BY JEAN MARIE JOHNSON
Collaboration is a coveted experience. Most of us say that we’re “good at it,” but our results often suggest otherwise. When that’s the case, we wonder what went wrong, especially since our heart was in the right place. While having good intentions is a great start, it’s not enough. Collaboration is about “co-laboring,” which requires specific, learnable skills. It’s a give and take that’s fueled by the mutual desire to make something better or different. Whether it’s working something through with your significant other on the home front, or getting things done with your now-virtual work team, collaboration is key to effective results and sustainable relationships. As you consider the following five collaboration skills, ask yourself which ones you already do well, and which ones you may want to sharpen.
Bring your “A Game” and a positive attitude
Humility check: Collaboration is about winning together, not being right. That’s where your A Game starts and it may be a new starting point, particularly if you tend to keep a hidden score card or have a strong competitive streak. You can create a “winning together” context by expressing your belief that together, you will arrive at a new or better solution. It can be as simple as saying “I know we can do this” and “I want to hear your ideas.” Then it’s time to bring an open mind and an open heart. The first allows for different ways of looking at things, while the second allows for the human piece, the emotion or passion the other person might bring to the table. Bringing your A Game also means contributing your skills and experiences, and encouraging others to do the same. There is one more piece to this, and it goes back to humility: it’s your willingness to say “I’m not sure,” “I don’t know,” and “I own that.”
Be where you are
You’ve heard it before. We all have. To really connect with a person and to understand their perspective, we need to be present to them. That means putting your phone aside, and a lot more. Being present means being able to shift to a listening mode by stilling the constant stream of thought that goes on in your head so that you can make room for really hearing the other person’s thoughts. Part of listening involves paying attention with your eyes to shifts in body language and noticing gestures. One way to remind yourself to stay present is to focus on drawing the other person out by asking open ended questions and simply saying “I’d love to hear your thoughts on this.”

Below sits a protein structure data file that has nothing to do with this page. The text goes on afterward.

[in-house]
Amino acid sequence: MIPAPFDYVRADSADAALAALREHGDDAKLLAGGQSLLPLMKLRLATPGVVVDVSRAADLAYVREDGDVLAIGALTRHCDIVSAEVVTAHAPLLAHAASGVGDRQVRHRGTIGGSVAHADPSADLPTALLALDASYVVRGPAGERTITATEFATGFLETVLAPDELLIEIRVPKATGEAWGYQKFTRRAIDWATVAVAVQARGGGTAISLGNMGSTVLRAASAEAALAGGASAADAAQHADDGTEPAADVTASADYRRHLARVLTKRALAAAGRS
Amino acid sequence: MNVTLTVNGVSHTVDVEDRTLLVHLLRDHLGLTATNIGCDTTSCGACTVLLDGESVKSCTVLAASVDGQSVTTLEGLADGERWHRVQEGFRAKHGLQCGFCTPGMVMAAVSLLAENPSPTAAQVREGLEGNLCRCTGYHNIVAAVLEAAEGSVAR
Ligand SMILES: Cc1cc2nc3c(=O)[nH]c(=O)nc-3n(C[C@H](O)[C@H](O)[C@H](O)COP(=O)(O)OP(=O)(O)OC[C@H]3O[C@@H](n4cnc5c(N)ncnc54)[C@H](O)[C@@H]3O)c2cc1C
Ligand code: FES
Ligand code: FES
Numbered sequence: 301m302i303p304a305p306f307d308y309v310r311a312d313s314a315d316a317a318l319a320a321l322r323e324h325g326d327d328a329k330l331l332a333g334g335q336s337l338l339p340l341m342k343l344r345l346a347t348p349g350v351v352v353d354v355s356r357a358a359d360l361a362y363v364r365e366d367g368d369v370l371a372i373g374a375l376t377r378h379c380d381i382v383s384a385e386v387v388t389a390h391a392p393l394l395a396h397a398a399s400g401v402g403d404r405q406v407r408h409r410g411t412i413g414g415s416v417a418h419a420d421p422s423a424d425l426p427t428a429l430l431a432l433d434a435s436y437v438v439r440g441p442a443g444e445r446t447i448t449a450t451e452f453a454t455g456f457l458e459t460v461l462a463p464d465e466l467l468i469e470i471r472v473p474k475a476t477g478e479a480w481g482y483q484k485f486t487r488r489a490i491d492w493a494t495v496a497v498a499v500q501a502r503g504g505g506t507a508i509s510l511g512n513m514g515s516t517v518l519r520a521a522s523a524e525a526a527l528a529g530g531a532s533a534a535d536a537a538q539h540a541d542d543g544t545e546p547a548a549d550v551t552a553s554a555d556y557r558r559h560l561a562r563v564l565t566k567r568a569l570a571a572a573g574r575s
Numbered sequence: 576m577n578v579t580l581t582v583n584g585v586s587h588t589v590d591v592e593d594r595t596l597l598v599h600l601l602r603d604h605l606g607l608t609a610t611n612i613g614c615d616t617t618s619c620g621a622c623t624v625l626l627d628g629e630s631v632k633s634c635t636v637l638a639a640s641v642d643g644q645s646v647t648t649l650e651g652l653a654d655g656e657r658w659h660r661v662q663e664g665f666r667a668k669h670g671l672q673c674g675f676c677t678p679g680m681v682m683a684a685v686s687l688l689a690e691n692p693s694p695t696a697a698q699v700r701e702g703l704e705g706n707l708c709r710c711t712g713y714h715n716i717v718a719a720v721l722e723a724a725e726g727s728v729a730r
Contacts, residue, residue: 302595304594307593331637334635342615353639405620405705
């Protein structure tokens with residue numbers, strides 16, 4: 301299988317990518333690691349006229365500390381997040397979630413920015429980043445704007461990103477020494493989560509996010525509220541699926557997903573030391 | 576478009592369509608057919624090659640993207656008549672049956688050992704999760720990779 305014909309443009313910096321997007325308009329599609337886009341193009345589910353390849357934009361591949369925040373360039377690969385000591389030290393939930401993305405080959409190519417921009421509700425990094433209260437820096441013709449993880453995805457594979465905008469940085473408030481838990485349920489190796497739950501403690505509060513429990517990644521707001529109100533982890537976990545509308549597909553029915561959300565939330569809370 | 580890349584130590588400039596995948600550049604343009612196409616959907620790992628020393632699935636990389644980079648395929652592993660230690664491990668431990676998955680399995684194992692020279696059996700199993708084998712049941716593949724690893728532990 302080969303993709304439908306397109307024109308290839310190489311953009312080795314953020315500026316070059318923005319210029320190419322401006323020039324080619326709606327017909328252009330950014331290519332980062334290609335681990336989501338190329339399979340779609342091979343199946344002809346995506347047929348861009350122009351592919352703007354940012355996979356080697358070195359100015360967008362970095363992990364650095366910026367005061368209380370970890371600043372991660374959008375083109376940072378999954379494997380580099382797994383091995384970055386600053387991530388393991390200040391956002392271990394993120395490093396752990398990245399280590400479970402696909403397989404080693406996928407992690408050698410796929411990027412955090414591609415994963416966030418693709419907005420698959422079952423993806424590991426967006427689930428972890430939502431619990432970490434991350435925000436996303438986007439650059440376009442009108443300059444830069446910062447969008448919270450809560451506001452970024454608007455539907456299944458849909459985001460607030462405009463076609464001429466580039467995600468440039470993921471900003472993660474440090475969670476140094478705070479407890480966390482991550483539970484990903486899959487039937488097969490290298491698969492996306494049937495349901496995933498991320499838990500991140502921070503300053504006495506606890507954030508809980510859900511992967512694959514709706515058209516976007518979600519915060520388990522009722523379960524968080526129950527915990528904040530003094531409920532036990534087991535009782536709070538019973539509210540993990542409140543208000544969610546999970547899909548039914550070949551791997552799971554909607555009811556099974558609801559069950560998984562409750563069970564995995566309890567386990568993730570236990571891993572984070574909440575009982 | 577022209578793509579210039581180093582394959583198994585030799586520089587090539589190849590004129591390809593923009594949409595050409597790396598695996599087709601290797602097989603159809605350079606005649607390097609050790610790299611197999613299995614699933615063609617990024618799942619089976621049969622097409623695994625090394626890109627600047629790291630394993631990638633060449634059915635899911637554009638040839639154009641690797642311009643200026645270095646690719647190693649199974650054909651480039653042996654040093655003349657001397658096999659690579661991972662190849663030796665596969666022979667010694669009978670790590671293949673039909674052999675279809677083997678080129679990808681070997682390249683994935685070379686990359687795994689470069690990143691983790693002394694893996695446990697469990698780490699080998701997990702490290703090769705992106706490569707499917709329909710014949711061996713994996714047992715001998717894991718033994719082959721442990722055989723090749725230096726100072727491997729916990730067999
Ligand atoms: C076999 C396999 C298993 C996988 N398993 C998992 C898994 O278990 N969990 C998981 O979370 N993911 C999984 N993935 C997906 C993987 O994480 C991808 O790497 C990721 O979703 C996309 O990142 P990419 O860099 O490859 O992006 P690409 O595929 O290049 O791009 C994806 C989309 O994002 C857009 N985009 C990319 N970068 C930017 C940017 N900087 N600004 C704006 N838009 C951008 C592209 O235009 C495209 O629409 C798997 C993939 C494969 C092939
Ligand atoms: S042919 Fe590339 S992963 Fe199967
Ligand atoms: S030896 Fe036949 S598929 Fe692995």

Express what you need, what you want, what you are asking for…and the why behind it
Some of us have no problem asking for exactly what we need or want, while others are extremely uncomfortable doing so. Both can be big barriers to effective collaboration and make the process of collaborating inefficient! The key to expressing needs and wants is all about framing them in terms of “the why.” Instead of “I need that background information by Wednesday” or “Um, I will need it soon…” try “I will need that background information by Wednesday so that I can turn it over to Rhonda in time to make our Friday deadline.” Or, closer to home, “Sweetie, if you can get those groceries put away for me, I can get that pizza on the table in time for the show we want to watch.” Think about it: every need or want has a why behind it. When you make yours transparent, you make collaboration so much easier.
Be open to exploring what’s possible
It bears repeating: collaboration isn’t about being right. It’s about working together to achieve some “win.” That win could be identifying a new approach to a task everyone avoids or finding a new solution to an old problem. It could be creating something entirely new, or even finding a better way to communicate when everyone on the team is working from home. Remember the old adage: two heads are better than one. Everyone brings their unique experiences and perspective. In many cases, there is no single “right” way. The goal of collaboration is to seek and identify the best way, which often reveals itself through the process of collaboration.